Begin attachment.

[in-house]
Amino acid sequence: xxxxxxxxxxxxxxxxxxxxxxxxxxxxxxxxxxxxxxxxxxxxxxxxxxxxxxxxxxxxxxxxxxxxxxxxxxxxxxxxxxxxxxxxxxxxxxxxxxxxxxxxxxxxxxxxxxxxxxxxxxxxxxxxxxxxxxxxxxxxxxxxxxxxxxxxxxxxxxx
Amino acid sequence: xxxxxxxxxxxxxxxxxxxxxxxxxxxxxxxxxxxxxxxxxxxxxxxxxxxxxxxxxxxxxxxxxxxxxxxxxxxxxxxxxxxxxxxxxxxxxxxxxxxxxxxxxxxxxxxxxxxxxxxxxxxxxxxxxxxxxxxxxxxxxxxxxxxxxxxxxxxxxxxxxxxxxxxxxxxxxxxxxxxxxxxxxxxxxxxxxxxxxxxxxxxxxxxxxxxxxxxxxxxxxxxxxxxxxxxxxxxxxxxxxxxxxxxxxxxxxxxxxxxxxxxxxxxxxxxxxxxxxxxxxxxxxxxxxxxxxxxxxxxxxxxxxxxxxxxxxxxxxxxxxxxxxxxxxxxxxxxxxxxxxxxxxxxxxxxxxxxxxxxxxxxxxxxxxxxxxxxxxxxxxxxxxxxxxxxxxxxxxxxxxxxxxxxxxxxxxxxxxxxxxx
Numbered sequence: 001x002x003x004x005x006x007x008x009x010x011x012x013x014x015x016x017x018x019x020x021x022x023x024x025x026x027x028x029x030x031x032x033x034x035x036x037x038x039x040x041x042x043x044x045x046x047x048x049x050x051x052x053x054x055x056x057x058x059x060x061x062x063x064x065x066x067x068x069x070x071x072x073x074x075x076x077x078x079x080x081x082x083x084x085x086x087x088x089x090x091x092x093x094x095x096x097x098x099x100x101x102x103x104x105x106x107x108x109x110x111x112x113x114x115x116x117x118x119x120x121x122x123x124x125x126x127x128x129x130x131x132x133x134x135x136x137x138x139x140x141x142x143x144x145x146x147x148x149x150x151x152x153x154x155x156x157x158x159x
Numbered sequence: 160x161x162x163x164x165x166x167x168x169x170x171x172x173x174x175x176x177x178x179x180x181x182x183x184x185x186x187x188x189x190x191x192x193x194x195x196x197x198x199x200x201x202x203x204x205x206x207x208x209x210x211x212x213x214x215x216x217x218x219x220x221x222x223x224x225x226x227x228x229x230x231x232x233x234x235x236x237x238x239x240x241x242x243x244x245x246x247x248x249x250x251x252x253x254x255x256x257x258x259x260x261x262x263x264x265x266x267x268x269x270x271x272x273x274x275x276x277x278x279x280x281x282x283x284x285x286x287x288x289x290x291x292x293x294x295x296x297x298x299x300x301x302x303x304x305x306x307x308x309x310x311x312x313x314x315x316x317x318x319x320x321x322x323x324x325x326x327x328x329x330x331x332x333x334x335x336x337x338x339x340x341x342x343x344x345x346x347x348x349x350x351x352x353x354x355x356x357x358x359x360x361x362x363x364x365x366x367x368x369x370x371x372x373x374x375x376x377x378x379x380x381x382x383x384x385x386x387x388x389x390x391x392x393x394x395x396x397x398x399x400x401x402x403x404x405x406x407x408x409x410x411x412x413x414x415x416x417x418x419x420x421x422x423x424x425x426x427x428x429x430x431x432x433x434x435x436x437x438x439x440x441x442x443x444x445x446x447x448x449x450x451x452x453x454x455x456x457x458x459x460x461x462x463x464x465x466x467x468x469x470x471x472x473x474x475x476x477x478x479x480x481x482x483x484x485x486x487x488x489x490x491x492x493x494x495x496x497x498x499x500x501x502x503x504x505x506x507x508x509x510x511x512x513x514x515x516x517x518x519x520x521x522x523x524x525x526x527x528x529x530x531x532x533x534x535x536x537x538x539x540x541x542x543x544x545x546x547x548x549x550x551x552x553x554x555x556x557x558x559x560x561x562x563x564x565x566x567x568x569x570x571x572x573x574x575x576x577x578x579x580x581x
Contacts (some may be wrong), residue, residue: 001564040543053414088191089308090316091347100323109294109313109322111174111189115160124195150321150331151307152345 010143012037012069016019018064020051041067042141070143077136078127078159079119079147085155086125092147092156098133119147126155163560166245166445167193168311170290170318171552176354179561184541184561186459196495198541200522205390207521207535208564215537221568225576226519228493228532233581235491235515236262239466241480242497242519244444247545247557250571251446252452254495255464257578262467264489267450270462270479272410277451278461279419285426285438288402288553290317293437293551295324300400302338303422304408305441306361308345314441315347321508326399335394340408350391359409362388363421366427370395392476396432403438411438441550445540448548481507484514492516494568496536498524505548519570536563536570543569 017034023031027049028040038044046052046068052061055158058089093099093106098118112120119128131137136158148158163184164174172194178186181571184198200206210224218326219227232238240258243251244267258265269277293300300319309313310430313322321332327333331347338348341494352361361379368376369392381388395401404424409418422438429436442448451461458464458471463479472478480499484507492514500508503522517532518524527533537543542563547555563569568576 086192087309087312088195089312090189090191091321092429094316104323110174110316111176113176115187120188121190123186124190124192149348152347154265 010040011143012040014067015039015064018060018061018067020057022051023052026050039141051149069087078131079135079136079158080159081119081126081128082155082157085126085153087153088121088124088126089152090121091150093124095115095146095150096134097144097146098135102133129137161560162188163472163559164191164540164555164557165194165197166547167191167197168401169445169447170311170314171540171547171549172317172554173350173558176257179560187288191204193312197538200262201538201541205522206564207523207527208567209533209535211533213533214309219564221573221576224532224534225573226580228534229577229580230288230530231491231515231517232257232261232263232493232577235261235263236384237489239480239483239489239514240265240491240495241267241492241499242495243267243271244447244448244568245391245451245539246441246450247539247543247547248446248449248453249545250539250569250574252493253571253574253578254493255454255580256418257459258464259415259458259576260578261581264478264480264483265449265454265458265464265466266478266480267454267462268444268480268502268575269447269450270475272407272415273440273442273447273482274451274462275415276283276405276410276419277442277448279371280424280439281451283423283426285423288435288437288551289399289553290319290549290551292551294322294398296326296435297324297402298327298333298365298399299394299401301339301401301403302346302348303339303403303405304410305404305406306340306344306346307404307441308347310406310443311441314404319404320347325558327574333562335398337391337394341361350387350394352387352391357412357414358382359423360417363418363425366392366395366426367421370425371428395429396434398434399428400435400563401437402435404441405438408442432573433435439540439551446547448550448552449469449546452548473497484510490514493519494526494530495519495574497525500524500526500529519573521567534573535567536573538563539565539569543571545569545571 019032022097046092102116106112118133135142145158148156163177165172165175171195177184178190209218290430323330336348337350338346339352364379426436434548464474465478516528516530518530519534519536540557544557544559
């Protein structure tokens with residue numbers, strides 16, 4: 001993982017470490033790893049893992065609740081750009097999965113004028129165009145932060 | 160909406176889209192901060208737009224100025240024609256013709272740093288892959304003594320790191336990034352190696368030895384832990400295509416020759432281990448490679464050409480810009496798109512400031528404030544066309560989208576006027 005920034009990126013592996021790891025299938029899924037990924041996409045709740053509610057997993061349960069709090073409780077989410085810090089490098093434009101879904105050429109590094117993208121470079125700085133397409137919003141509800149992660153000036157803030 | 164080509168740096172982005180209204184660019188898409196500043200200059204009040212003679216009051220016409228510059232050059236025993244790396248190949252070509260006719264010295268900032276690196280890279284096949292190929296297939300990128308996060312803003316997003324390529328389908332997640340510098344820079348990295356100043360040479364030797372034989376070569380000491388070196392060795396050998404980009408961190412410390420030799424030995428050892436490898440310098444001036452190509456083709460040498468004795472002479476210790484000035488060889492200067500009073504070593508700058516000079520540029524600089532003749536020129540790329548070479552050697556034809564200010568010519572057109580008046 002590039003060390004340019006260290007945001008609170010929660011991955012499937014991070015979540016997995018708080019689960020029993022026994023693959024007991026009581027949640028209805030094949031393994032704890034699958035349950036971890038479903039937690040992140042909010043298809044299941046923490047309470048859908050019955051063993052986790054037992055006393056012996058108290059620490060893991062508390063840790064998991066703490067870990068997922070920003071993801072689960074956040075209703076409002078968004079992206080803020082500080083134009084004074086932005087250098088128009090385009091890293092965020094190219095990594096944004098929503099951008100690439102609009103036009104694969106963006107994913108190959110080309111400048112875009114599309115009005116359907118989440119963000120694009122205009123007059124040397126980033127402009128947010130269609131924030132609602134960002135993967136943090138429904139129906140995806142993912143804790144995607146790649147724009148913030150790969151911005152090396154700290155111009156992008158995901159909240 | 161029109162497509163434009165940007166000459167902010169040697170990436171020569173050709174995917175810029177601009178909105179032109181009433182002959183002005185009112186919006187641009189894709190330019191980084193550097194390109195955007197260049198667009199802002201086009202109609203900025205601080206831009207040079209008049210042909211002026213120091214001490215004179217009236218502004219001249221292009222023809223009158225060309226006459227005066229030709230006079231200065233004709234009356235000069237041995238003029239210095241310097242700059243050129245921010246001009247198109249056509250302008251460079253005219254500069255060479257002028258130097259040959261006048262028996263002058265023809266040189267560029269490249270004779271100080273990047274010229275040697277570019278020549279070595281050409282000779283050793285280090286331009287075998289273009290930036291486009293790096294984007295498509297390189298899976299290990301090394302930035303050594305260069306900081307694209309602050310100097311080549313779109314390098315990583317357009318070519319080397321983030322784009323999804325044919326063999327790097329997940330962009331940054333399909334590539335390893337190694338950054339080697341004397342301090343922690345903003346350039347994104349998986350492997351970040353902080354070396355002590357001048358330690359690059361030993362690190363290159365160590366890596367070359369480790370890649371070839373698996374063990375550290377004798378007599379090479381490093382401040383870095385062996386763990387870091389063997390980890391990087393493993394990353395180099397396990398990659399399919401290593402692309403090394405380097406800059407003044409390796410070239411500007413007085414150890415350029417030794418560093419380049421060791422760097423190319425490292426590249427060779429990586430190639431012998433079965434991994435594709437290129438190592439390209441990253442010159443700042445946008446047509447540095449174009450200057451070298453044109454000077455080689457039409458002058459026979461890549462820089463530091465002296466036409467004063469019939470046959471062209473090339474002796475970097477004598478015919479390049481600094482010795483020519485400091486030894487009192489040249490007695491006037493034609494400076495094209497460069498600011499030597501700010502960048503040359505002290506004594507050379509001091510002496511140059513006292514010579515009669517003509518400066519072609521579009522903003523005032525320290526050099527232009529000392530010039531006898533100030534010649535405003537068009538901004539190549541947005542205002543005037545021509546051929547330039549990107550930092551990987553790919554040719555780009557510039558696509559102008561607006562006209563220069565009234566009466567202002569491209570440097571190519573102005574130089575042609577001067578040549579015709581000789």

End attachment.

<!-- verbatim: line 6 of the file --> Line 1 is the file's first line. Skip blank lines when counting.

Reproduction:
Contacts (some may be wrong), residue, residue: 001564040543053414088191089308090316091347100323109294109313109322111174111189115160124195150321150331151307152345 010143012037012069016019018064020051041067042141070143077136078127078159079119079147085155086125092147092156098133119147126155163560166245166445167193168311170290170318171552176354179561184541184561186459196495198541200522205390207521207535208564215537221568225576226519228493228532233581235491235515236262239466241480242497242519244444247545247557250571251446252452254495255464257578262467264489267450270462270479272410277451278461279419285426285438288402288553290317293437293551295324300400302338303422304408305441306361308345314441315347321508326399335394340408350391359409362388363421366427370395392476396432403438411438441550445540448548481507484514492516494568496536498524505548519570536563536570543569 017034023031027049028040038044046052046068052061055158058089093099093106098118112120119128131137136158148158163184164174172194178186181571184198200206210224218326219227232238240258243251244267258265269277293300300319309313310430313322321332327333331347338348341494352361361379368376369392381388395401404424409418422438429436442448451461458464458471463479472478480499484507492514500508503522517532518524527533537543542563547555563569568576 086192087309087312088195089312090189090191091321092429094316104323110174110316111176113176115187120188121190123186124190124192149348152347154265 010040011143012040014067015039015064018060018061018067020057022051023052026050039141051149069087078131079135079136079158080159081119081126081128082155082157085126085153087153088121088124088126089152090121091150093124095115095146095150096134097144097146098135102133129137161560162188163472163559164191164540164555164557165194165197166547167191167197168401169445169447170311170314171540171547171549172317172554173350173558176257179560187288191204193312197538200262201538201541205522206564207523207527208567209533209535211533213533214309219564221573221576224532224534225573226580228534229577229580230288230530231491231515231517232257232261232263232493232577235261235263236384237489239480239483239489239514240265240491240495241267241492241499242495243267243271244447244448244568245391245451245539246441246450247539247543247547248446248449248453249545250539250569250574252493253571253574253578254493255454255580256418257459258464259415259458259576260578261581264478264480264483265449265454265458265464265466266478266480267454267462268444268480268502268575269447269450270475272407272415273440273442273447273482274451274462275415276283276405276410276419277442277448279371280424280439281451283423283426285423288435288437288551289399289553290319290549290551292551294322294398296326296435297324297402298327298333298365298399299394299401301339301401301403302346302348303339303403303405304410305404305406306340306344306346307404307441308347310406310443311441314404319404320347325558327574333562335398337391337394341361350387350394352387352391357412357414358382359423360417363418363425366392366395366426367421370425371428395429396434398434399428400435400563401437402435404441405438408442432573433435439540439551446547448550448552449469449546452548473497484510490514493519494526494530495519495574497525500524500526500529519573521567534573535567536573538563539565539569543571545569545571 019032022097046092102116106112118133135142145158148156163177165172165175171195177184178190209218290430323330336348337350338346339352364379426436434548464474465478516528516530518530519534519536540557544557544559